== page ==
WELLINGTON.- The first images of Tonga after the explosion of a volcano that unleashed a tsunami today showed the devastation in this Pacific archipelago, covered in ash and heavily damaged by tidal waves. The “unprecedented disaster”, as the local government pointed out, left at least three dead.
This territory was practically cut off from the rest of the world by the eruption of an underwater volcano, which cut the cable connecting the island, which now relies on patchy signals from satellite phones.
The Tongan authorities indicated that it is a “unprecedented disaster” after the eruption of Hunga Tonga-Hunga Ha’apai volcano and a subsequent tsunami, while raising the total number of deaths to three, in their first official statement since the disaster.
”As a result of the eruption, a volcanic mushroom cloud was released into the stratosphere and spread, covering all the islands of Tonga, generating 15 meter high tsunami waves that hit the western coasts of Tongatapu, Eua and Ha’apai islands”, the Government pointed out.
The monumental column of smoke from the volcano reached a height of 30 kilometers and spread ashes, gas and acid rain over a very wide area of the Pacific.
The World Health Organization (WHO) said in a statement on Tuesday that its local delegate, doctor Yutaro Setoya, is “directing communications between UN agencies and the Tongan government.” “Dr. Setoya’s satellite phone is one of the few sources of information,” said the agency, which said that the doctor has been standing outside all day trying to capture the signal.
The agency stated that on Tonga’s main island, Tongatapu, there are 50 houses destroyed and 100 damaged. He also warned that the emanations of the volcano generate fears of contamination of water and food.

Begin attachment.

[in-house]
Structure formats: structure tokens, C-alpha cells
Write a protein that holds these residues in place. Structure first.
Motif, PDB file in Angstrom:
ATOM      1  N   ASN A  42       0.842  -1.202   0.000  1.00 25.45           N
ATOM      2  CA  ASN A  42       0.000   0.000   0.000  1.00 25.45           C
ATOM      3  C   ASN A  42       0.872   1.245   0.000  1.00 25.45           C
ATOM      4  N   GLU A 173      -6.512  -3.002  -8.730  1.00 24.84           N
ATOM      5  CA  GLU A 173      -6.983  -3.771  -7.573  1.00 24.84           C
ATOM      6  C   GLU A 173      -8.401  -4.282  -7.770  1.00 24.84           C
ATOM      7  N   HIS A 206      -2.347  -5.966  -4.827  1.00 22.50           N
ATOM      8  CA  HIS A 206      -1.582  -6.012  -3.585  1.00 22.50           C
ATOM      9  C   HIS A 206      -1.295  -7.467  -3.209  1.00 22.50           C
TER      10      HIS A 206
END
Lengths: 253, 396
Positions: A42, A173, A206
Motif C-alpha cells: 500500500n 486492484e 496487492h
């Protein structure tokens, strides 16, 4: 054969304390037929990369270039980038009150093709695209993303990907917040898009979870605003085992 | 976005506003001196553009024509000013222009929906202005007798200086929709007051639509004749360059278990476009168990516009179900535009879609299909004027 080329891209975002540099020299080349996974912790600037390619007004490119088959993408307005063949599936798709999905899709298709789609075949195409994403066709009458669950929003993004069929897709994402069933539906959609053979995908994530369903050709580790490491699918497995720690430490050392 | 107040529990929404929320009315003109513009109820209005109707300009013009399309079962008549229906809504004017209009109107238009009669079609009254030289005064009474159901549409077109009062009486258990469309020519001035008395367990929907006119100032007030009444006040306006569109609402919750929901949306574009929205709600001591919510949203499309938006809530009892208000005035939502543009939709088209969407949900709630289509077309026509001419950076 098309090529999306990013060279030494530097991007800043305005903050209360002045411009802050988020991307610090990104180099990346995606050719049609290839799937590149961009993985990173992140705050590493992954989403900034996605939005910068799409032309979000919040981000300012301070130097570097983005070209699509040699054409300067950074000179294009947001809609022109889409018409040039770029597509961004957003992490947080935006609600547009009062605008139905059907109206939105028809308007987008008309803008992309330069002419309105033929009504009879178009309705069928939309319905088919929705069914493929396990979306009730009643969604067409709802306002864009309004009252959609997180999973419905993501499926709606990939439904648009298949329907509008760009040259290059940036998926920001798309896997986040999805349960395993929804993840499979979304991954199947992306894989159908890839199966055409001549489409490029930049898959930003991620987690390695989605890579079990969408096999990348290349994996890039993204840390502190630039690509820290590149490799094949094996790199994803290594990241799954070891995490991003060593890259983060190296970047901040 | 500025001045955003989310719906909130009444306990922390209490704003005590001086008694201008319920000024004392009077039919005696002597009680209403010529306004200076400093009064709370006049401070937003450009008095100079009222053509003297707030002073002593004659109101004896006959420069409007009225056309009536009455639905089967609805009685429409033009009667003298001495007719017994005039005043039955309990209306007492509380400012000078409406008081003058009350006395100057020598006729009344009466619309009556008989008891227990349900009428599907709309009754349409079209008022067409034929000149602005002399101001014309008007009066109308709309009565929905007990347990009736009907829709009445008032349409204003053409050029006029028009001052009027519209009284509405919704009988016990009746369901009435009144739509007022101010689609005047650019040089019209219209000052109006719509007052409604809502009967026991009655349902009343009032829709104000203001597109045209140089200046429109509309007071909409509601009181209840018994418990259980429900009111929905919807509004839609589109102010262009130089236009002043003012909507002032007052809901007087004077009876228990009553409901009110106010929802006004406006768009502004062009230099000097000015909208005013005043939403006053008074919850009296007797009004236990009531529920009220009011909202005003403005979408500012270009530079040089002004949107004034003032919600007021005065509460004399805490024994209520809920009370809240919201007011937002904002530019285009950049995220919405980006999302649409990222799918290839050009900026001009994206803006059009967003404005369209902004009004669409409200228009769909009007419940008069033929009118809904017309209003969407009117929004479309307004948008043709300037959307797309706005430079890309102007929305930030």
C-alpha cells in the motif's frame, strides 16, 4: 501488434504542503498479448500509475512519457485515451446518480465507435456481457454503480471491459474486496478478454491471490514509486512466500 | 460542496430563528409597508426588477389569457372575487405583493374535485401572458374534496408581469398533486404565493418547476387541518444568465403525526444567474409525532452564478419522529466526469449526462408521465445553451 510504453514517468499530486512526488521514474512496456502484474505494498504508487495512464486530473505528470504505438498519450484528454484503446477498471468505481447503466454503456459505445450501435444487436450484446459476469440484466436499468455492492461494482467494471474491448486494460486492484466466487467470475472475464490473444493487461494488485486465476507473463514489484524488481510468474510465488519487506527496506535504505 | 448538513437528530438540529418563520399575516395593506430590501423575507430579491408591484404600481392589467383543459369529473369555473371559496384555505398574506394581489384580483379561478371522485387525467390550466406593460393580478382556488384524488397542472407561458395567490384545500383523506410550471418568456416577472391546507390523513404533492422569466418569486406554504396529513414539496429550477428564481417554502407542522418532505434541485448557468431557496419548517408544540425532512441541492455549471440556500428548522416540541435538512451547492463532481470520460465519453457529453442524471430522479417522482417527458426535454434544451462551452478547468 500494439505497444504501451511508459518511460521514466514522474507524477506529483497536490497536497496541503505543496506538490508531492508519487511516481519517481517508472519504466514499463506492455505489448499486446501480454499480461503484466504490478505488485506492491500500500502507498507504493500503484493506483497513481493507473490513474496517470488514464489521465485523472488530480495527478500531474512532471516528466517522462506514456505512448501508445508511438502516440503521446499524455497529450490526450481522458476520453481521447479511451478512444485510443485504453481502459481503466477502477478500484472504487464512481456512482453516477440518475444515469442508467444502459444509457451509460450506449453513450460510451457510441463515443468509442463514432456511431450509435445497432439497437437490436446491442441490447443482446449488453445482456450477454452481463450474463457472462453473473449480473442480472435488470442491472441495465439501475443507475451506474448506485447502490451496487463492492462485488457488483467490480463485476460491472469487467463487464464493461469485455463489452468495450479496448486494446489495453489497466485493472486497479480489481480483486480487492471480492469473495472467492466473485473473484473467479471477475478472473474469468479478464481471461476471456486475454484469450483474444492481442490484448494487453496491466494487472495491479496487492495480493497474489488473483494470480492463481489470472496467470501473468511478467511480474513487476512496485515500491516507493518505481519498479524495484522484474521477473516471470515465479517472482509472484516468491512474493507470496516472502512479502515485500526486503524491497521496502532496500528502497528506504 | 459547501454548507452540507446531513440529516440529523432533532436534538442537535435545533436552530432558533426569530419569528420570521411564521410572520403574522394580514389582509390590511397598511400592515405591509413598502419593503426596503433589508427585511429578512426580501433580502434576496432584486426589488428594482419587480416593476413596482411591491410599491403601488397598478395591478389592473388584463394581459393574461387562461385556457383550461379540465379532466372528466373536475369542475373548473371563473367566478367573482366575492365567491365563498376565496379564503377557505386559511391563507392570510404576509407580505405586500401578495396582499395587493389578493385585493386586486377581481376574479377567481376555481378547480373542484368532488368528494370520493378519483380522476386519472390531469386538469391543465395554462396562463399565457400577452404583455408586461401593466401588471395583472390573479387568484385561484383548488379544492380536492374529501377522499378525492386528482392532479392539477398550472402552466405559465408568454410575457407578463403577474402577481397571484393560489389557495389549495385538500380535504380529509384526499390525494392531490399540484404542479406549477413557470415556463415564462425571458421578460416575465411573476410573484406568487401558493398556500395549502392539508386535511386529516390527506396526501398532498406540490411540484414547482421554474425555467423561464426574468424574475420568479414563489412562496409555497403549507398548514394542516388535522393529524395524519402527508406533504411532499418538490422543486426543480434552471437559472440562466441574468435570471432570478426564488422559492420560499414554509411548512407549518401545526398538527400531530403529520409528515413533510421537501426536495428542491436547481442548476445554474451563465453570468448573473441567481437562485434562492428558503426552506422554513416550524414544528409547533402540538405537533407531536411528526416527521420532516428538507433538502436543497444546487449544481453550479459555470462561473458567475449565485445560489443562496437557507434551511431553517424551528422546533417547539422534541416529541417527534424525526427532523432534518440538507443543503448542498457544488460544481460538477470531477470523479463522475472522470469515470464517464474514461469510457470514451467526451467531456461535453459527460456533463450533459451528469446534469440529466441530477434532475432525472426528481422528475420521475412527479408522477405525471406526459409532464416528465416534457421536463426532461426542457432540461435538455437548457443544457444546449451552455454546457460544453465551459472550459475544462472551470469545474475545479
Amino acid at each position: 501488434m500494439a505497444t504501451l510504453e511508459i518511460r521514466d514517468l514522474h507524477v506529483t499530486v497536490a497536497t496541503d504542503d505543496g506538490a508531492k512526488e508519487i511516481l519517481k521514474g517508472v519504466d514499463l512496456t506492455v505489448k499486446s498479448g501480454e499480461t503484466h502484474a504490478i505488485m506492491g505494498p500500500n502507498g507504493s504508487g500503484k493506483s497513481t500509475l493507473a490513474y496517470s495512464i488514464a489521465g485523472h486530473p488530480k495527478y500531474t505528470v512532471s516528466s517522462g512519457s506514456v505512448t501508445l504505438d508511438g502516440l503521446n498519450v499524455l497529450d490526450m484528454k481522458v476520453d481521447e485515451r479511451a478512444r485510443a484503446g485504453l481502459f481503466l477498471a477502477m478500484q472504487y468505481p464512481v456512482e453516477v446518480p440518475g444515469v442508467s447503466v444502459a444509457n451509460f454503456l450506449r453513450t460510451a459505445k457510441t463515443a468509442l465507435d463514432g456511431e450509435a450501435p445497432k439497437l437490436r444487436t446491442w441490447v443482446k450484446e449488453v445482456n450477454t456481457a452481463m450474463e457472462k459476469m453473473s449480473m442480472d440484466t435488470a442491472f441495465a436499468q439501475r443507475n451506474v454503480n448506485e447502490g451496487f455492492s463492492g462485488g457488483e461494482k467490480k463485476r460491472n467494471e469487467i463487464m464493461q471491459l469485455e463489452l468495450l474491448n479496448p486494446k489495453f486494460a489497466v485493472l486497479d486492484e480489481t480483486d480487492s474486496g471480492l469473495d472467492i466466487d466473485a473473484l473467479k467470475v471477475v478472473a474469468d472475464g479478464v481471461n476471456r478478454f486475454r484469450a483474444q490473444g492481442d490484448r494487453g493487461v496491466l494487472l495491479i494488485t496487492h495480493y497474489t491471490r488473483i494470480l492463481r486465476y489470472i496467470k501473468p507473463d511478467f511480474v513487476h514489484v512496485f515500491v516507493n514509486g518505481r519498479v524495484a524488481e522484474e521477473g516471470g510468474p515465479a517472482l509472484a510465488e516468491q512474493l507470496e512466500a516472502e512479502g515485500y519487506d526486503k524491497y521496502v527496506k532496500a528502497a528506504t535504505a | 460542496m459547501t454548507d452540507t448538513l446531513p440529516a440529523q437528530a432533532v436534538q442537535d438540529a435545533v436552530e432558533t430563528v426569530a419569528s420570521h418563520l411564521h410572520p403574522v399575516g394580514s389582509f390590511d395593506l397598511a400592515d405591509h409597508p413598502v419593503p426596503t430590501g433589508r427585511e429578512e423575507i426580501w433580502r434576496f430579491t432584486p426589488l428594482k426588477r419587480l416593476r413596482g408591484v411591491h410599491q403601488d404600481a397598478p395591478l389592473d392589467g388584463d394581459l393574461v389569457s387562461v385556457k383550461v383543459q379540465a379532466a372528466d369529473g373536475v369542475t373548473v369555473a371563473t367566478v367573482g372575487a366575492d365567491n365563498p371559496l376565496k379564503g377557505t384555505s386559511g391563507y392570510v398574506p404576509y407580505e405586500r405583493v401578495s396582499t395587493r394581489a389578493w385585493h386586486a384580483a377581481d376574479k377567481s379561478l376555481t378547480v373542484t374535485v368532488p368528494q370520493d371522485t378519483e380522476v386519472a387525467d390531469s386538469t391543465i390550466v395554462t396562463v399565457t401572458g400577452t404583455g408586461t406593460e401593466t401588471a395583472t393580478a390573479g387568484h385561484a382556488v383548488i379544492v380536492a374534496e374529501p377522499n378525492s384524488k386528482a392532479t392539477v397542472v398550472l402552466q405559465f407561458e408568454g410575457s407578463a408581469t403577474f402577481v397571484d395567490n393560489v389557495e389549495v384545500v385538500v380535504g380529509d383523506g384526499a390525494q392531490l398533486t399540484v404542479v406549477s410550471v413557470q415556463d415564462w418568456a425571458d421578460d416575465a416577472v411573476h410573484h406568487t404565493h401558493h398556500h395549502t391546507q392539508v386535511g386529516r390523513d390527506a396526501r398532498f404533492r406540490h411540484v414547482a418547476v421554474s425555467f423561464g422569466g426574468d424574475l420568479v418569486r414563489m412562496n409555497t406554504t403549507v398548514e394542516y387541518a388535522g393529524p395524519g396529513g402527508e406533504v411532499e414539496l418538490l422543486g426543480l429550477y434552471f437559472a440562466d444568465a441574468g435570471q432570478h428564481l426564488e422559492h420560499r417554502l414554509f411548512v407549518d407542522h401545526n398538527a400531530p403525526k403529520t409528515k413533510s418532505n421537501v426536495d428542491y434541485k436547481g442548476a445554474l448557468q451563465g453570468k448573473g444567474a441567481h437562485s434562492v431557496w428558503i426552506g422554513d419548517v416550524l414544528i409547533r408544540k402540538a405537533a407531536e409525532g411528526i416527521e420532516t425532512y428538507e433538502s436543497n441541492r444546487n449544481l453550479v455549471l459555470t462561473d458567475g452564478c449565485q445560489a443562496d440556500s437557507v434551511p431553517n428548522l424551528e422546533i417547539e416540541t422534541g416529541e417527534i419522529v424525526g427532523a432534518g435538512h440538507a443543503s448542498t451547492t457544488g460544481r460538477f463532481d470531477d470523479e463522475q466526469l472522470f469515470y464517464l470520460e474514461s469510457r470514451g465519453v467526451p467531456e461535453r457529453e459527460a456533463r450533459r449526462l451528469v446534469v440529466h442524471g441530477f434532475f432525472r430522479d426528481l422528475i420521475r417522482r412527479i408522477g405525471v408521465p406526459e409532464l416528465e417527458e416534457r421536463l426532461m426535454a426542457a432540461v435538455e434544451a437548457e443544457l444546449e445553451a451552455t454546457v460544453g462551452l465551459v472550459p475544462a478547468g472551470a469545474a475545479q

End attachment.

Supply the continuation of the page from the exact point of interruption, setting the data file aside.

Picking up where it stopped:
“The government recommended that the population stay indoors, wear masks if they go out, and drink bottled water.”The WHO said in a tweet.
Satellite images show that the submarine volcano located to the north of the archipelago was once again submerged and only two small islets of lava emerged.
“What we saw above the sea, which has now been washed away, was just the tip of the volcano emerging from a huge underwater structure,” explained expert Heather Handley of Monash University.
Emergency agencies reported “great damage” in Tonga after the massive eruption, but the full picture is still unknown as the airport runway is still flooded with rocks that prevent the landing of an Australian C-130 military plane.
The Tongan capital Nuku’alofa was covered by two centimeters of volcanic ash and dust.
Internal phone systems were restored, but international communication continues to be interrupted.
The capital’s boardwalk is “heavily damaged with stones and debris washed inland by the tsunami,” said the UN Office for the Coordination of Humanitarian Affairs (OCHA).
OCHA also reported that reconnaissance flights confirmed “substantial property damage” on Mango and Fonoi Islands.
”An active distress signal was detected in Mango”, indicated OCHA. The island has about 30 inhabitants, according to the Tonga census.
Meanwhile, two Mexican biologists were trapped in Tonga although they are out of danger, while the government and their families are trying to get them out, the Mexican Ministry of Foreign Affairs said.
Images released by the UN Satellite Center showed the impact of the eruption and tsunami on the small island of Nomuka, one of the closest to the Hunga-Tonga-Hunga-Ha’apai volcano.
Australia and New Zealand, which sent Orion reconnaissance planes to fly over the area, have prepared aid shipments for Tonga.
Water is one of the prioritiesNew Zealand Defense Minister Andrew Bridgman said over the risk of sources being contaminated. The Red Cross reported that it will send 2,516 containers of water and France, which has several territories in Polynesia, promised to send “urgent” aid to the people of Tonga.
The main rescue agencies, which usually come with emergency humanitarian aid, have said they are at a standstill., unable to contact your local staff.
“From the few updates we have, the scale of the devastation could be immense,” said Katie Greenwood of the Red Cross regional office.
But even when relief efforts can begin, these could be complicated by Covid-19 entry restrictions.
Saturday’s eruption was heard as far away as Alaska, triggering a tsunami that inundated Pacific coastlines from Japan to the United States and also reached South America. On Saturday, two women in Peru died swept away by the waves.
The eruption damaged an underwater communication cable between Tonga and Fiji. which the operators say will take two weeks to repair.
AFP, DPA and Reuters agencies